Intelligent Transportation Systems to Avoid Car Accidents?

john June 20, 2011 3 Comments

According to the reports since 2000, the increase in the number of cars has also increased the amount of accidents all over the word. In USA alone, the number of accidents is more than 110 million and almost 1 million of them have been highly fatal. This clearly shows that car crashes is one of the most life taking hazards in the world.

Researchers all over the world and car manufacturers have been able to provide luxury cars with all the major necessities like smooth, powerful rides, efficient vehicles, environment friendly vehicles and so on. There has also been a huge development in the safety system development for cars.

Some of them are given below.

  • Automated cruise control
  • Sensor systems based on radar/laser that automatically slows down the car or warns the driver when another vehicle is in close range.
  • A bind-spot warning system, which is used to notify the driver that a vehicle is in a very close range, and is used mostly in foggy places or when the driver finds it unable to see the road clearly.
  • Traction control system, which is used by the car to stop itself by applying efficient brakes when it starts to skid.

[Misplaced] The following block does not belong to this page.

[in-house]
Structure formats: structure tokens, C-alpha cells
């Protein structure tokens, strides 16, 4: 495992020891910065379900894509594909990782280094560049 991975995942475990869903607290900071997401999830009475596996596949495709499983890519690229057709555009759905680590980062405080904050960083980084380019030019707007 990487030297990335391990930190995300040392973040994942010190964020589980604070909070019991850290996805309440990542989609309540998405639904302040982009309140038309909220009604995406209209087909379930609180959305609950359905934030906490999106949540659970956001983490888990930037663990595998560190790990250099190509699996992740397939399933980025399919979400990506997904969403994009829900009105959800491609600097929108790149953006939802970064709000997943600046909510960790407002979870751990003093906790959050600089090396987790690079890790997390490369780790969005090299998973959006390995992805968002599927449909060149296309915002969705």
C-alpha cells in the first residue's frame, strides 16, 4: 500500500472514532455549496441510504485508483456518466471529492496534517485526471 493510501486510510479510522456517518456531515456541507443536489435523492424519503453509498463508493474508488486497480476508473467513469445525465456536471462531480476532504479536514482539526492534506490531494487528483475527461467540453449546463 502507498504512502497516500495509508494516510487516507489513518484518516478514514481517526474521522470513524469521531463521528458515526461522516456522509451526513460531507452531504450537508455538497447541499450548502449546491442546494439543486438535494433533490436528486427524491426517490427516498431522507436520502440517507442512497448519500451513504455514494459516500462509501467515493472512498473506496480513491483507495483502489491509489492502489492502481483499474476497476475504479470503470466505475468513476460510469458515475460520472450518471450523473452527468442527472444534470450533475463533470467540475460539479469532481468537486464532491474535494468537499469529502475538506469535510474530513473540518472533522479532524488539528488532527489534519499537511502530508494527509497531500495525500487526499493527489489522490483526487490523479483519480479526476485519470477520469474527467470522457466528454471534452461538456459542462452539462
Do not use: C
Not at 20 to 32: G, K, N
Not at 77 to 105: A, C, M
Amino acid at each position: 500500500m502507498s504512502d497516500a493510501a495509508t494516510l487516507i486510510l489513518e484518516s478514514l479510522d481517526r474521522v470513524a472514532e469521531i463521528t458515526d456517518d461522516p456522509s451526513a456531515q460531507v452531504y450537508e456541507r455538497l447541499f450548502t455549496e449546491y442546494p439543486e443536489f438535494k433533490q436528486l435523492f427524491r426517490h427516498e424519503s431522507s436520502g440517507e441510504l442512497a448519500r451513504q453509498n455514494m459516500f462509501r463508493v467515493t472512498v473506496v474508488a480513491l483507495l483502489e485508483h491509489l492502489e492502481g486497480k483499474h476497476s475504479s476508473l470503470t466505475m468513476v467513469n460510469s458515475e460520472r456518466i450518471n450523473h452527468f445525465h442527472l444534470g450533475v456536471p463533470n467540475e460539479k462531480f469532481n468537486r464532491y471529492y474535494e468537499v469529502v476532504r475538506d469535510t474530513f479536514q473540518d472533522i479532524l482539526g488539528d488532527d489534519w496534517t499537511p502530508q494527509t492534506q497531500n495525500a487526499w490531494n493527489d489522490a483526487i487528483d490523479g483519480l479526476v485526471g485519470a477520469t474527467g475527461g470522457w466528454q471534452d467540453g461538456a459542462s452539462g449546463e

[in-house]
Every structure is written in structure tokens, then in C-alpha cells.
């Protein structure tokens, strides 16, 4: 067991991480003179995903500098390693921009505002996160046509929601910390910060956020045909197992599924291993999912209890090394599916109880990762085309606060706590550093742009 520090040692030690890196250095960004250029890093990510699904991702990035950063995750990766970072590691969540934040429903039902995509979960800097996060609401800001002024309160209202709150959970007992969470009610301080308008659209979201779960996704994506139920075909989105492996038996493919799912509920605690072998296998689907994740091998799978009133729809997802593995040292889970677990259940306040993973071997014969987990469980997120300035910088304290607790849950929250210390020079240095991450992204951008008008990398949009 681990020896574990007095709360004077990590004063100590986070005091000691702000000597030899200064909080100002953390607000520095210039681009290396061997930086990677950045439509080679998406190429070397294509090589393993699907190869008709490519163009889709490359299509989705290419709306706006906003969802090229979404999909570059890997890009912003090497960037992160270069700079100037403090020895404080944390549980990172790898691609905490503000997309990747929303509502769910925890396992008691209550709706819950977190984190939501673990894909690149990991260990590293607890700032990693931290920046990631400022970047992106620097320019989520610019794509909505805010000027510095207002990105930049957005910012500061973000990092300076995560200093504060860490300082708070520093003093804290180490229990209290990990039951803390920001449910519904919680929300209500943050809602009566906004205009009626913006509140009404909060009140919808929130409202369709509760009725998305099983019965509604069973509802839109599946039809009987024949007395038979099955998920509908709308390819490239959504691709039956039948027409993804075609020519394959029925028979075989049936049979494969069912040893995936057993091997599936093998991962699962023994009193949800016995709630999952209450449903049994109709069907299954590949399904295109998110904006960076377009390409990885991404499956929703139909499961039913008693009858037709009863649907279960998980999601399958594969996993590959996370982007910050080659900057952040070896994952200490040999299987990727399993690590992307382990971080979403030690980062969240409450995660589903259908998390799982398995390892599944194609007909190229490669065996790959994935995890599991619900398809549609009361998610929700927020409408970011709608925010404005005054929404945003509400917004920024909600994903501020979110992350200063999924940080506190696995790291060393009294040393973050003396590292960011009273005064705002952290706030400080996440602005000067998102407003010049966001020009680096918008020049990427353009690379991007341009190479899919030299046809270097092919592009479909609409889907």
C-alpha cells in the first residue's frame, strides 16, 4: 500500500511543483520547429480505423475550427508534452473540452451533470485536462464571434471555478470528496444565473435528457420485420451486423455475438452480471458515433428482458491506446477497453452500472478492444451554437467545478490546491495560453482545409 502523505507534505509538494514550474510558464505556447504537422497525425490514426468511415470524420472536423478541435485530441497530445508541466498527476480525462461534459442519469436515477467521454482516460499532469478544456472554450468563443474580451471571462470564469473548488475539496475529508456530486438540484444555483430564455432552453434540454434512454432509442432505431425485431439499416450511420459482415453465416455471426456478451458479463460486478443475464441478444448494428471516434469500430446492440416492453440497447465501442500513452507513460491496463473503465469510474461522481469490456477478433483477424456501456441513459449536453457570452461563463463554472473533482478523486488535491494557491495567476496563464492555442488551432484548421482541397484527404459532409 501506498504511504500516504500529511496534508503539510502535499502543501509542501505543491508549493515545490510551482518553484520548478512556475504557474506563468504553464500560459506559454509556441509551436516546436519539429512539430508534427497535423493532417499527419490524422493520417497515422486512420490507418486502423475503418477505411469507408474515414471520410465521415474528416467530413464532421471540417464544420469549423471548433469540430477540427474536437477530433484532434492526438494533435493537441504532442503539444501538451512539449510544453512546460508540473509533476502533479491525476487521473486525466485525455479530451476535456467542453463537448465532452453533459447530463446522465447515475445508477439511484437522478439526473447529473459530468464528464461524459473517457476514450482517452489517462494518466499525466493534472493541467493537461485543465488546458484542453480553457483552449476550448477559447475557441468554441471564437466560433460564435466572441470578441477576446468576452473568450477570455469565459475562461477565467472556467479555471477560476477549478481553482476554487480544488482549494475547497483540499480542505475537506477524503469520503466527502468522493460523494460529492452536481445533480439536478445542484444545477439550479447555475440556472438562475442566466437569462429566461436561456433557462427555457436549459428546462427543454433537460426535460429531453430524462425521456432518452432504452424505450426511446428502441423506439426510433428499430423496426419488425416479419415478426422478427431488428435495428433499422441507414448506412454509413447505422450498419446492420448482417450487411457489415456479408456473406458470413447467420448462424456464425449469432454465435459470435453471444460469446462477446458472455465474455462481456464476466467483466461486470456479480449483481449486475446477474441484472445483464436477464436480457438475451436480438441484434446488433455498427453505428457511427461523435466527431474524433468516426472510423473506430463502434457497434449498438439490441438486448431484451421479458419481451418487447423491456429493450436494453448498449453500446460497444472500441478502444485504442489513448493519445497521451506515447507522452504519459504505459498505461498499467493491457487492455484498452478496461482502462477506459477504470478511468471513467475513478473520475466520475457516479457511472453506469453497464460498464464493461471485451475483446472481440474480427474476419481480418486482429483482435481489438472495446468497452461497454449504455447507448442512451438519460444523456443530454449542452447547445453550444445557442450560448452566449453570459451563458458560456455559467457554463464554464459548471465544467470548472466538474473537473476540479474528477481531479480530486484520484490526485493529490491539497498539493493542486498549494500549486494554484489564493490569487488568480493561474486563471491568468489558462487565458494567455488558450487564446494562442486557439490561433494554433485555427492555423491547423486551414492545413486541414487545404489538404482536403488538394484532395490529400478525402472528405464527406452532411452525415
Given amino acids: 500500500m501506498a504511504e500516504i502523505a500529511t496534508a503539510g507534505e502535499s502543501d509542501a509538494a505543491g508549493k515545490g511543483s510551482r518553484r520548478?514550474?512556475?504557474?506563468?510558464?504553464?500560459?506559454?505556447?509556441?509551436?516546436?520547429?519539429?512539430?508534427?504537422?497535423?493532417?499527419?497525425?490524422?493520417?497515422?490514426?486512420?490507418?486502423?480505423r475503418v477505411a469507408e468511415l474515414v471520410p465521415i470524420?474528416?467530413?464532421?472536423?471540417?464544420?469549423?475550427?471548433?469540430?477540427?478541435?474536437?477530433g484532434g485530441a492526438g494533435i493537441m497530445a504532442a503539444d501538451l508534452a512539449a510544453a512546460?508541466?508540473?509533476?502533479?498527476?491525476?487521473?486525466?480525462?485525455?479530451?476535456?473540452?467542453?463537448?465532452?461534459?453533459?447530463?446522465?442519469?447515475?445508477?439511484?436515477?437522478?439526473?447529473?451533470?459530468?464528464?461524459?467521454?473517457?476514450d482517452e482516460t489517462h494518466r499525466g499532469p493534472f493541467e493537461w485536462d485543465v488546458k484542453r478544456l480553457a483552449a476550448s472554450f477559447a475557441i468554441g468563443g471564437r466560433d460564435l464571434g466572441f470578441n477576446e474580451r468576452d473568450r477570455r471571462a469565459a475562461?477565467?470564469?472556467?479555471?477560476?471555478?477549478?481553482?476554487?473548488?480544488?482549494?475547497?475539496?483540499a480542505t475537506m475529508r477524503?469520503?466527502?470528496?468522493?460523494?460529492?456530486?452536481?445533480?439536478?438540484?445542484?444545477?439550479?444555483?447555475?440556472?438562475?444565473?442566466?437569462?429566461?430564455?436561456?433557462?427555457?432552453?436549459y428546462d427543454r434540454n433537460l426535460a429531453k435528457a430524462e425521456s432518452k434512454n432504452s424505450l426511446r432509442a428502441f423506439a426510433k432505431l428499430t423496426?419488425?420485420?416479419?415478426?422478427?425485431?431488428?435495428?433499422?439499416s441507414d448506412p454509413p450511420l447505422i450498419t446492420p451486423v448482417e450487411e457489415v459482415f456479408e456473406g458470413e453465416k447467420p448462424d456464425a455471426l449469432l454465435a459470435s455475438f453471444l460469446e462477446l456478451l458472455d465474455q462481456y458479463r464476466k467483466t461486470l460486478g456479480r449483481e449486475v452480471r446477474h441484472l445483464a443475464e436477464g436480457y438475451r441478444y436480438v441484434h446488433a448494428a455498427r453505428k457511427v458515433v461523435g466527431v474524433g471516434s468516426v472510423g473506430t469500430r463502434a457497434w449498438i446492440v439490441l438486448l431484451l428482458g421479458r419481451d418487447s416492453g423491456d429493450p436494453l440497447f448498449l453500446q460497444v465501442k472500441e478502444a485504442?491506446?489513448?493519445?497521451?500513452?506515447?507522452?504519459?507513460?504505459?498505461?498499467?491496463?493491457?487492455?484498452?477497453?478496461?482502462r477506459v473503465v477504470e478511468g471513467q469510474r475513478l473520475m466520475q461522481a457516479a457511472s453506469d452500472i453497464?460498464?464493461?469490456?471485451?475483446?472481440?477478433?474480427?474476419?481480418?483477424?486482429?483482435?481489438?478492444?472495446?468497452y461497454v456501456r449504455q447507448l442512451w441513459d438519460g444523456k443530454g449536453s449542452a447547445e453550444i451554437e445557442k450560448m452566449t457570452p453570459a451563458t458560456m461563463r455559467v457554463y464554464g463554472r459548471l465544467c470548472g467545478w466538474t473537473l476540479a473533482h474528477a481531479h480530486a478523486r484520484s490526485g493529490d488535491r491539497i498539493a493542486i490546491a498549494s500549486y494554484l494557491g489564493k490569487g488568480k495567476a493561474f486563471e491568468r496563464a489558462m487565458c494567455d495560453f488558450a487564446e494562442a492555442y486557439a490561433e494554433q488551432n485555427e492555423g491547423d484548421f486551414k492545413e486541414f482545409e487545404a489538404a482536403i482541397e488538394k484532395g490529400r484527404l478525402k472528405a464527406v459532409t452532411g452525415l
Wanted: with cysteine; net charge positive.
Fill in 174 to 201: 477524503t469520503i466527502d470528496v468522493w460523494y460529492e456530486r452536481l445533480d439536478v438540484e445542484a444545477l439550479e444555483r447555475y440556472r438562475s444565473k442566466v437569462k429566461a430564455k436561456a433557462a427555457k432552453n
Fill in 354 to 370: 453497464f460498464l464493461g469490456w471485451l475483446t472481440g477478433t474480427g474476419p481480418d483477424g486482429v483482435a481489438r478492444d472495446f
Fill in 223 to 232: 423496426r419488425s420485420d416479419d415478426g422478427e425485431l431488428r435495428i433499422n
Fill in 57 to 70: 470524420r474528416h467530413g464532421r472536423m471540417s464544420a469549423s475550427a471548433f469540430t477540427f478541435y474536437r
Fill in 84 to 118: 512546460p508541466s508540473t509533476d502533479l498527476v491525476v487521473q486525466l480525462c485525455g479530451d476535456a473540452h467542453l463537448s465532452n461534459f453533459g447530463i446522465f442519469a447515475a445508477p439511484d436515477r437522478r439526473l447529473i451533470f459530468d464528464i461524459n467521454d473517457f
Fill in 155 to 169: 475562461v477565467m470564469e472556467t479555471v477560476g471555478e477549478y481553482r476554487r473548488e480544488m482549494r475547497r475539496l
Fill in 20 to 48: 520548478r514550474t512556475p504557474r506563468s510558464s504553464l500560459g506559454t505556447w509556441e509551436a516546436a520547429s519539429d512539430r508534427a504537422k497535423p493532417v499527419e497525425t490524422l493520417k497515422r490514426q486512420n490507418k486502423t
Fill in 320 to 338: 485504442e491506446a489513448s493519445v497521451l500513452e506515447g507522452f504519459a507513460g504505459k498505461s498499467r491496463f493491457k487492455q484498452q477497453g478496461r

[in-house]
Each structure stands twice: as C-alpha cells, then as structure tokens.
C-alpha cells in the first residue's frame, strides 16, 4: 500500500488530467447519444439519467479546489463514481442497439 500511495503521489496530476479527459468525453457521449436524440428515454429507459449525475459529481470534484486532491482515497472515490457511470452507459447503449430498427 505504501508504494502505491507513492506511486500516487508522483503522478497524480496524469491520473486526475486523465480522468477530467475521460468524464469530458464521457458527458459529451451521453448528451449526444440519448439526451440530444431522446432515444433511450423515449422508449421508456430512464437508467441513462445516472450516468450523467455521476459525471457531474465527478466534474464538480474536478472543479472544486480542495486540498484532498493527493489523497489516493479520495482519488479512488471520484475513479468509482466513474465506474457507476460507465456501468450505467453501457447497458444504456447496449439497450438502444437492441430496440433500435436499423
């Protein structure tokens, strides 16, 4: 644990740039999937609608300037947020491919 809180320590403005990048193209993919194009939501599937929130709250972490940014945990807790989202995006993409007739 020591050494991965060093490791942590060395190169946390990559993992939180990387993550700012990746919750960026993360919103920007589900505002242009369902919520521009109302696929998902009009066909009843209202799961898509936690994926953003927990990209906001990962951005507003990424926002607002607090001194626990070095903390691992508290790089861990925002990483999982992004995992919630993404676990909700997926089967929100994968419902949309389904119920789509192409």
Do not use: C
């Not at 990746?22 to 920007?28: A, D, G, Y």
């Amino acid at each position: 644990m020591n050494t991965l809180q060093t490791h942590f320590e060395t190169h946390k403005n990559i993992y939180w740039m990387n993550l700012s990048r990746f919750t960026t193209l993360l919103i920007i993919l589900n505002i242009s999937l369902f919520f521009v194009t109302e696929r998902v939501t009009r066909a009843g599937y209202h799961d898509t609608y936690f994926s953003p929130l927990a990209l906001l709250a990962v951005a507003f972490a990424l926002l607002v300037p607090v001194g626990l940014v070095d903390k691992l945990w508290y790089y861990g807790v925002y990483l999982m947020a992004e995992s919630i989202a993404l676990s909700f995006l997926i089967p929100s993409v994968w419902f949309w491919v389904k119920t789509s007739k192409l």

• Stability assistance, which helps the driver to regain the car’s stability after he/she loses it.

Even, with all these techniques equipped in most of the modern cars, the chance for a car crash is still high as there is a lack of “intelligent transportation”.

Intelligent Transportation System (ITS)

ITS is a much more practical system that is proposed for cars in which the car will be able to sense as well as communicate with other vehicles on road so as to avoid the accidents almost every time. A new ITS algorithm is being developed by MIT engineers in which older cars that cannot be equipped with any of these technologies is also considered. The algorithm includes all sorts of human driving behavior which can account to a sudden collision. The anti-collision methods such as warning the driver, automatic control of the vehicle is also included in the algorithm.

All the experiments with this algorithm and its results will be published in the next IEEE journal edition. The people behind this work includes Rajeev Verma, a visiting PhD student at MIT this academic year, and Domitilla Del Vecchio, assistant professor of mechanical engineering and W. M. Keck, Career Development Assistant Professor in Biomedical Engineering.

Many problems will have to be overcome by the developers. The main problem will be in handling the vehicle safely without making the system become over-conservative. When a vehicle is very near to ours, the probability of a collision against not is highly sensitive. But, if we consider such a highly sensitive system, the driver will always feel like ignoring the warnings given to him by the system.